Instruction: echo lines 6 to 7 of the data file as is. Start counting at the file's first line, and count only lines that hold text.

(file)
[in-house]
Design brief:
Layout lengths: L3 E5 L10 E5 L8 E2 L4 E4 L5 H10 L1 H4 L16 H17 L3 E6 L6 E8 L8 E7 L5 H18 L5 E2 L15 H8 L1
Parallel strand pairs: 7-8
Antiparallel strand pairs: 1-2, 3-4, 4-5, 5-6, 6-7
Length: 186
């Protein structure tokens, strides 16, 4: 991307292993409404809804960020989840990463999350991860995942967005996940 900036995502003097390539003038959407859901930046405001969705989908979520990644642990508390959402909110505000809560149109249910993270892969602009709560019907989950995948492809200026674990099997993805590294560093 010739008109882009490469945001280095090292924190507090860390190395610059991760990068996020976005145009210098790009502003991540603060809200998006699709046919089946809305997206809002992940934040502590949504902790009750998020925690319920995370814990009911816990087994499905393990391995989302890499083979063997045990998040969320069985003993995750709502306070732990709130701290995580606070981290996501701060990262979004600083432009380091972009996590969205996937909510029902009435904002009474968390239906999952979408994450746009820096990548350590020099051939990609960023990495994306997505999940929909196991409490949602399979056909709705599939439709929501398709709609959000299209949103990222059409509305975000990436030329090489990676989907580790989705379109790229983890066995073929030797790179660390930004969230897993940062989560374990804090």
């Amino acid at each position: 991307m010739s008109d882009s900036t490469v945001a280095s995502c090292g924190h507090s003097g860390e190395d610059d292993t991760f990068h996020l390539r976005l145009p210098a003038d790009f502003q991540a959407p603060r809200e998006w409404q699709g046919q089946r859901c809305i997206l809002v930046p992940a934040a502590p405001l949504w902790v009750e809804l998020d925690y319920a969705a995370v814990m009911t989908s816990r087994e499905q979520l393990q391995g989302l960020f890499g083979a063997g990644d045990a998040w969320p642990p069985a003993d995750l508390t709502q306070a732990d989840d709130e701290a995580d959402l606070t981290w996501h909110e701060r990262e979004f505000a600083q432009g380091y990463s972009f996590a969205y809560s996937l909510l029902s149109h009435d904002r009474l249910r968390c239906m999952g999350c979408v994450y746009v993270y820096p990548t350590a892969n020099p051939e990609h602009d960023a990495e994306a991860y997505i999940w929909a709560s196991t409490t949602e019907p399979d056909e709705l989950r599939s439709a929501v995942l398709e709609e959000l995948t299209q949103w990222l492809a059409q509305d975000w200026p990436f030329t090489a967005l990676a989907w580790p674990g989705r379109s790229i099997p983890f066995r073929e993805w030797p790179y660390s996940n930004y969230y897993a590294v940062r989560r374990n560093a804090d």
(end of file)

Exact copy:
Length: 186
């Protein structure tokens, strides 16, 4: 991307292993409404809804960020989840990463999350991860995942967005996940 900036995502003097390539003038959407859901930046405001969705989908979520990644642990508390959402909110505000809560149109249910993270892969602009709560019907989950995948492809200026674990099997993805590294560093 010739008109882009490469945001280095090292924190507090860390190395610059991760990068996020976005145009210098790009502003991540603060809200998006699709046919089946809305997206809002992940934040502590949504902790009750998020925690319920995370814990009911816990087994499905393990391995989302890499083979063997045990998040969320069985003993995750709502306070732990709130701290995580606070981290996501701060990262979004600083432009380091972009996590969205996937909510029902009435904002009474968390239906999952979408994450746009820096990548350590020099051939990609960023990495994306997505999940929909196991409490949602399979056909709705599939439709929501398709709609959000299209949103990222059409509305975000990436030329090489990676989907580790989705379109790229983890066995073929030797790179660390930004969230897993940062989560374990804090």